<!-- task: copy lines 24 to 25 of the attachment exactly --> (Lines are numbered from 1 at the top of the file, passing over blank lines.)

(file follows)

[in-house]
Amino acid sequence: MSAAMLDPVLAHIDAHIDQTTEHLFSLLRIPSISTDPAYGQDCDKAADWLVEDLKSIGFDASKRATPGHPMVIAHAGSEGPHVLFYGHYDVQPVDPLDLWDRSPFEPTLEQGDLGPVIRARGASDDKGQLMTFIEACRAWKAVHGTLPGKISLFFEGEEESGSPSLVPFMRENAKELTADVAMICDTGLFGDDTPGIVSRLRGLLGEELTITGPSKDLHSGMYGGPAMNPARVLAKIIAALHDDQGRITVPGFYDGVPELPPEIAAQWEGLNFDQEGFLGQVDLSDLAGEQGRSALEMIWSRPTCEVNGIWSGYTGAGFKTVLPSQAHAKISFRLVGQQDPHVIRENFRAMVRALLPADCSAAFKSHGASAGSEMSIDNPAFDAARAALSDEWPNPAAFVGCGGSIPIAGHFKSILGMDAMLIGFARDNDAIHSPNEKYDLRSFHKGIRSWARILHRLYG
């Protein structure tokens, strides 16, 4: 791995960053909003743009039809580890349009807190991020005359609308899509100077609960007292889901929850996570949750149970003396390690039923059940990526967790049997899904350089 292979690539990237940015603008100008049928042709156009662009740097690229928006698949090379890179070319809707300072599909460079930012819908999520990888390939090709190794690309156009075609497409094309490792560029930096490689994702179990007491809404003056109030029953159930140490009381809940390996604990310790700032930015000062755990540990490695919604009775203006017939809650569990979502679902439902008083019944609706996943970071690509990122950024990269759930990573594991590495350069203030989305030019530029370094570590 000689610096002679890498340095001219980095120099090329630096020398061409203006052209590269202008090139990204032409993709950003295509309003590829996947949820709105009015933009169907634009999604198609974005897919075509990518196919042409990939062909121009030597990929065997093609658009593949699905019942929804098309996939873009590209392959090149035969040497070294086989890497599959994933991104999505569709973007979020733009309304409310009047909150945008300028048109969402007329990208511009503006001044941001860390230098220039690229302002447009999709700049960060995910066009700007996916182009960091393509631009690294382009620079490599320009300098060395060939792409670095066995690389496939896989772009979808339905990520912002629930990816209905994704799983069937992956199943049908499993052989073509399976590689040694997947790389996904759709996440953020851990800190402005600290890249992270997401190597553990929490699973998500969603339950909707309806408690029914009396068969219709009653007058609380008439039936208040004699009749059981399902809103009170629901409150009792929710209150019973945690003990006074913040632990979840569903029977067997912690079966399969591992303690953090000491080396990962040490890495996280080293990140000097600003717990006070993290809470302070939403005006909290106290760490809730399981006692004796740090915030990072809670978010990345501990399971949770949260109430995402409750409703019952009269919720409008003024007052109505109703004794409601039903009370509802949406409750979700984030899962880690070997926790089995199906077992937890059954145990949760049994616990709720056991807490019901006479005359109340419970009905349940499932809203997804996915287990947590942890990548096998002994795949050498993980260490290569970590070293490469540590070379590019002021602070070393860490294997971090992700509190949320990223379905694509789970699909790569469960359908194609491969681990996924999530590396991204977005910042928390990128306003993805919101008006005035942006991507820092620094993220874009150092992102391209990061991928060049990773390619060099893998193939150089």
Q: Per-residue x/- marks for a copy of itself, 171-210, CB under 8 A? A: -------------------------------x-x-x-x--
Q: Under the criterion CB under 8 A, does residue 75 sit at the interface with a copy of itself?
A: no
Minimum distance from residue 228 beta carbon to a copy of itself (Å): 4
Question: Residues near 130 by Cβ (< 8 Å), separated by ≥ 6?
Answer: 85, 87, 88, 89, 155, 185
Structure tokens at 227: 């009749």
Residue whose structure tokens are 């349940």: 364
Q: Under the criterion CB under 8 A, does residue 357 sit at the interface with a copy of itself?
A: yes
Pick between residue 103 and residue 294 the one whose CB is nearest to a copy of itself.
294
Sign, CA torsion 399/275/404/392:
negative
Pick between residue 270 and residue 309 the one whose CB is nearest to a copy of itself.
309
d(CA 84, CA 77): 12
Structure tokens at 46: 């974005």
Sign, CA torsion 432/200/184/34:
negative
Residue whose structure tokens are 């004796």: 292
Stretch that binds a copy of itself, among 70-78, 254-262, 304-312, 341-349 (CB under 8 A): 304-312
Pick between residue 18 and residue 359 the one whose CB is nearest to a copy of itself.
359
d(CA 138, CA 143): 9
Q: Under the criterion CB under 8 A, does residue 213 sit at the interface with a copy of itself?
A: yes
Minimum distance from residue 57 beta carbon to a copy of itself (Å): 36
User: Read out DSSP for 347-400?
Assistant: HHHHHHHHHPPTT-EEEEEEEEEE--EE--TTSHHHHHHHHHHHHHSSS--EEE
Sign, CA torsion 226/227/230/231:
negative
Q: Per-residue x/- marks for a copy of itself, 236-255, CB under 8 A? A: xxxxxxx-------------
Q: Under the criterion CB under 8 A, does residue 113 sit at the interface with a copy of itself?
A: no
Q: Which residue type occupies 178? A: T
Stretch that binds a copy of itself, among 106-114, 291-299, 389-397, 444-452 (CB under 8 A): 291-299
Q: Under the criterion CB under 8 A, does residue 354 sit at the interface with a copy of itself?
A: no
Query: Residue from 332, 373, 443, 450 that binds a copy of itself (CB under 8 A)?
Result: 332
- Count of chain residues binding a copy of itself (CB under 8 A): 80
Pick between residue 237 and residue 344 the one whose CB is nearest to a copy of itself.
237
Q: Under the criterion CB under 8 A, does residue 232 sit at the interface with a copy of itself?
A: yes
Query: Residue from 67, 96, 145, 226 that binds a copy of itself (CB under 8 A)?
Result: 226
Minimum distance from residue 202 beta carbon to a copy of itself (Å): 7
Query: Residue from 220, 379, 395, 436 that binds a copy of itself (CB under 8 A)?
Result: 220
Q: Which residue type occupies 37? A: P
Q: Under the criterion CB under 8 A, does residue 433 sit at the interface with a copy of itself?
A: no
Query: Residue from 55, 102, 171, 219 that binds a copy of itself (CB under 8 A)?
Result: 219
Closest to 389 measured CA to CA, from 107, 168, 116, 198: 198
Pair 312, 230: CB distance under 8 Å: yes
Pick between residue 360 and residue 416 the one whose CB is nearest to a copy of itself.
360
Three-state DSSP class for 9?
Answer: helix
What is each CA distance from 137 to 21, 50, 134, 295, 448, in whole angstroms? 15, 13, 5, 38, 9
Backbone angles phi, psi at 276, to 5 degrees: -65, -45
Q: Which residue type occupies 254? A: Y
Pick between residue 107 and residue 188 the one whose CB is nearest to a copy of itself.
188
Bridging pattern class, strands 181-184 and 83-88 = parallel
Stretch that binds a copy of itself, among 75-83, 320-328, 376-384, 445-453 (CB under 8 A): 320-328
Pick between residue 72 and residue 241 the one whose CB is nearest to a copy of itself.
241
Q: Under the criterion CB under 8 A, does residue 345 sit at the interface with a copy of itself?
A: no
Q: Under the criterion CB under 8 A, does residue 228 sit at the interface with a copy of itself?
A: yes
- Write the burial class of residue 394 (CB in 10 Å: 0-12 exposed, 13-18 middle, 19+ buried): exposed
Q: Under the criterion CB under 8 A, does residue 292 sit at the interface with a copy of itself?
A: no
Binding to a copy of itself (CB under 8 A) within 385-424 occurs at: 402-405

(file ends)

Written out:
Residue whose structure tokens are 């004796």: 292
Stretch that binds a copy of itself, among 70-78, 254-262, 304-312, 341-349 (CB under 8 A): 304-312